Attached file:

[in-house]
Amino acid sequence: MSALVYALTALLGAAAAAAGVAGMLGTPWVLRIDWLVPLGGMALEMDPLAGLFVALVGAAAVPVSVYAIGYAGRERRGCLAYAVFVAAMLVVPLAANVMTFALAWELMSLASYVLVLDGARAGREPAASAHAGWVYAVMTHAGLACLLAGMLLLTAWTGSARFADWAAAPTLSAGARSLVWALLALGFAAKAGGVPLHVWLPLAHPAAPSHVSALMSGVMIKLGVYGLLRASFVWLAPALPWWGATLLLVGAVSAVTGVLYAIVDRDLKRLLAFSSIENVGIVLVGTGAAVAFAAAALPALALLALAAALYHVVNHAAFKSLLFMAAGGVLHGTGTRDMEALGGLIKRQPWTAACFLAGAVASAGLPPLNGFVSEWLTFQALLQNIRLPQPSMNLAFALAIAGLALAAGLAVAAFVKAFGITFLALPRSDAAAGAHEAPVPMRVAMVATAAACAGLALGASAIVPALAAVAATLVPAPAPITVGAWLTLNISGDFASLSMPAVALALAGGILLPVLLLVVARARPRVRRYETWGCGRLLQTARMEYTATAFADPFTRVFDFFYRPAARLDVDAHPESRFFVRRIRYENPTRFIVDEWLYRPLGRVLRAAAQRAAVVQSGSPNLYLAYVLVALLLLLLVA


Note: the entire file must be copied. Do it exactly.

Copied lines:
[in-house]
Amino acid sequence: MSALVYALTALLGAAAAAAGVAGMLGTPWVLRIDWLVPLGGMALEMDPLAGLFVALVGAAAVPVSVYAIGYAGRERRGCLAYAVFVAAMLVVPLAANVMTFALAWELMSLASYVLVLDGARAGREPAASAHAGWVYAVMTHAGLACLLAGMLLLTAWTGSARFADWAAAPTLSAGARSLVWALLALGFAAKAGGVPLHVWLPLAHPAAPSHVSALMSGVMIKLGVYGLLRASFVWLAPALPWWGATLLLVGAVSAVTGVLYAIVDRDLKRLLAFSSIENVGIVLVGTGAAVAFAAAALPALALLALAAALYHVVNHAAFKSLLFMAAGGVLHGTGTRDMEALGGLIKRQPWTAACFLAGAVASAGLPPLNGFVSEWLTFQALLQNIRLPQPSMNLAFALAIAGLALAAGLAVAAFVKAFGITFLALPRSDAAAGAHEAPVPMRVAMVATAAACAGLALGASAIVPALAAVAATLVPAPAPITVGAWLTLNISGDFASLSMPAVALALAGGILLPVLLLVVARARPRVRRYETWGCGRLLQTARMEYTATAFADPFTRVFDFFYRPAARLDVDAHPESRFFVRRIRYENPTRFIVDEWLYRPLGRVLRAAAQRAAVVQSGSPNLYLAYVLVALLLLLLVA